Volume 9

  • No. 12 December 2003

    Insulin resistance, a central feature of type 2 diabetes, is treated clinically by thiazolidinediones (TZDs), which are agonists of PPAR-gamma, a transcription factor expressed in insulin target tissues. On page 1491 of this issue, Hevener et al. show that loss of PPAR-gamma specifically in skeletal muscle results in insulin resistance and insensitivity to TZDs. This work offers insight into TZD action as well as mechanisms of fuel partitioning. The cover image depicts a partial structure of the insulin ß-chain. Courtesy of A. Pasieka/Photo Researchers Inc.

  • No. 11 November 2003

    Directing immune responses to kill tumor cells - by induction of apoptosis, for example - is a major goal of cancer immunotherapy. In this issue, Padua et al. (page 1413) present a vaccine strategy for treating promyelocytic leukemia, and Rubio et al. (page 1377) demonstrate a new method for detecting vaccine-induced tumorcytolytic T cells. The cover image shows a healthy human myeloid cell (upper cell) and a myeloid cell undergoing apoptosis (lower cell). Magnification, x11,000. Courtesy of Gopal Murti/Photo Researchers Inc.

  • No. 10 October 2003

    Inner ear stem cells triple-stained for the hair cell markers espin (beige) and F-actin (purple) and for pan-cytokeratin (orange), which labels inner ear supporting cells. On page 1293 of this issue, Li et al. identified cells from adult utricular sensory epithelium that have the capacity for self-renewal and are pluripotent, characteristic of stem cells. Shown are hair cell-like cells situated between larger cells expressing the supporting cell marker pan-cytokeratin. Differentiation of these stem cells into hair cell-like cells may impact future development of new therapies for the treatment of deafness.

  • No. 9 September 2003

    Heart ventricular sections of controls and rats injected with Akt-transduced stem cells. Mangi et al. genetically engineered rat mesenchymal stem cells, using ex vivo retroviral transduction, to overexpress the prosurvival factor Akt to the ischemic rat myocardium (page 1195). The authors were able to regenerate lost myocardial volume and normalize systolic and diastolic cardiac function. Sections are at the level of papillary muscle and are stained with Masson trichrome for collagen (blue) and viable muscle (red). Controls underwent coronary ligation and saline-only injection.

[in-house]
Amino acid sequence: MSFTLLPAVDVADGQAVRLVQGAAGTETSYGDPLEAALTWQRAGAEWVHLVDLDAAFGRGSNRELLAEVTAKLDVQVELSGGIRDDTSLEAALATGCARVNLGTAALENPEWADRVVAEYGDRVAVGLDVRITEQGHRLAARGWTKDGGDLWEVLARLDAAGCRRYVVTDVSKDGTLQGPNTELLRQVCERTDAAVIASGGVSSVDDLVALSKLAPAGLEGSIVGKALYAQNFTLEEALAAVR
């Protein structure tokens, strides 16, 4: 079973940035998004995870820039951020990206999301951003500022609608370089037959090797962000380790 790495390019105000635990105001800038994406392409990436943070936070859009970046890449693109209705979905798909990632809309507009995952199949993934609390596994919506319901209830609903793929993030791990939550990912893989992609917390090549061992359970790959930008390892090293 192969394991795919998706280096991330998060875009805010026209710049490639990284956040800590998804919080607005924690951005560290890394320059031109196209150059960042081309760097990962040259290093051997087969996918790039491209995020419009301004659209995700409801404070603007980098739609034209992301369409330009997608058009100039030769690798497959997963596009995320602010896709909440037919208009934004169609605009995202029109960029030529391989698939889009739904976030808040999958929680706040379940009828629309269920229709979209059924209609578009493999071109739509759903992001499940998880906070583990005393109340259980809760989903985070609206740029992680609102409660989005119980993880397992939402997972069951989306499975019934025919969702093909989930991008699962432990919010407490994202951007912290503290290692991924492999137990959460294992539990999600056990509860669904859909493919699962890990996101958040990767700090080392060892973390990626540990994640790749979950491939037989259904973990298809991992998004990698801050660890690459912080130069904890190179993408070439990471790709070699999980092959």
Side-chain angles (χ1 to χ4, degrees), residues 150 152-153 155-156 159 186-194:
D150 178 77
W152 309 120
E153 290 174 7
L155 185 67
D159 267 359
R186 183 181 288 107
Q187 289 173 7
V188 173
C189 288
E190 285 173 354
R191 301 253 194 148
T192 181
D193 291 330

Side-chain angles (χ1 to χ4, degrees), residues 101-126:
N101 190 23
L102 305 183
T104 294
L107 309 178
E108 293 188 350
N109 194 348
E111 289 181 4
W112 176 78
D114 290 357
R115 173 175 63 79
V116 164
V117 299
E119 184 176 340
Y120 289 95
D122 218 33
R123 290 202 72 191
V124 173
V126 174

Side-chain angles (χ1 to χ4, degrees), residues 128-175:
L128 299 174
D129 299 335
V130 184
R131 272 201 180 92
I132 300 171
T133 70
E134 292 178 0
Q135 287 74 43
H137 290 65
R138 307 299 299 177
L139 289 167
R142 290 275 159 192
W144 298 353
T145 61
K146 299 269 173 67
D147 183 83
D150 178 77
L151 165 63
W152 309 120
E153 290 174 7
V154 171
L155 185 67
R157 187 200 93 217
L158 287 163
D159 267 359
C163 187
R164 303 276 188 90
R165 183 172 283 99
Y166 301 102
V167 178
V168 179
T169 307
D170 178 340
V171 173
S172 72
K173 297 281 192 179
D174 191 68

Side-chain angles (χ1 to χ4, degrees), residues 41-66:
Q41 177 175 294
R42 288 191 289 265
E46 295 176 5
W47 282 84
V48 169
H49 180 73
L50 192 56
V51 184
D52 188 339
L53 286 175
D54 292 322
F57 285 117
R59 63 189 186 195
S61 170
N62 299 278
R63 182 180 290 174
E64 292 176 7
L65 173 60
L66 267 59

• No. 8 August 2003

    Endothelin-1 (ET-1) mediates pain states ranging from trauma to cancer. On page 1055 of this issue, Khodorova et al. map a new peripheral analgesic pathway involving ET-1. In this pathway, ET-1 is released locally by keratinocytes after cutaneous injury, and triggers pain through endothelin-A receptors of local nociceptors. ET-1 also coincidentally produces analgesia by activating endothelin-B receptors (ET-B) on keratinocytes, inducing them to secrete β-endorphin, which in turn binds to the local nociceptors. The cover depicts a confocal image of rat epidermis, localizing ET-B (orange) on the surface and β-endorphin (green) in the cytoplasm of keratinocytes in the upper epidermal layers. (Magnification, x20.)

  • No. 7 July 2003

    The cover image represents 20 years of HIV science. The electron micrograph is one of the very first of HIV-1 particles, taken 4 February 1983, and the transition to the artist's rendition of an HIV particle as we understand it today represents our progress in knowledge. Depicted on the virion surface are the glycosylated envelope trimer and various cellular proteins. Inside the capsid are the two RNA molecules with nucleocapsid attached, plus reverse transcriptase, protease, Vpr and integrase. Vif is shown between the capsid and matrix layers.(Electron micrograph courtesy of the Institut Pasteur. Magnification x100,000. Graphic by Ken Eward of BioGrafx.)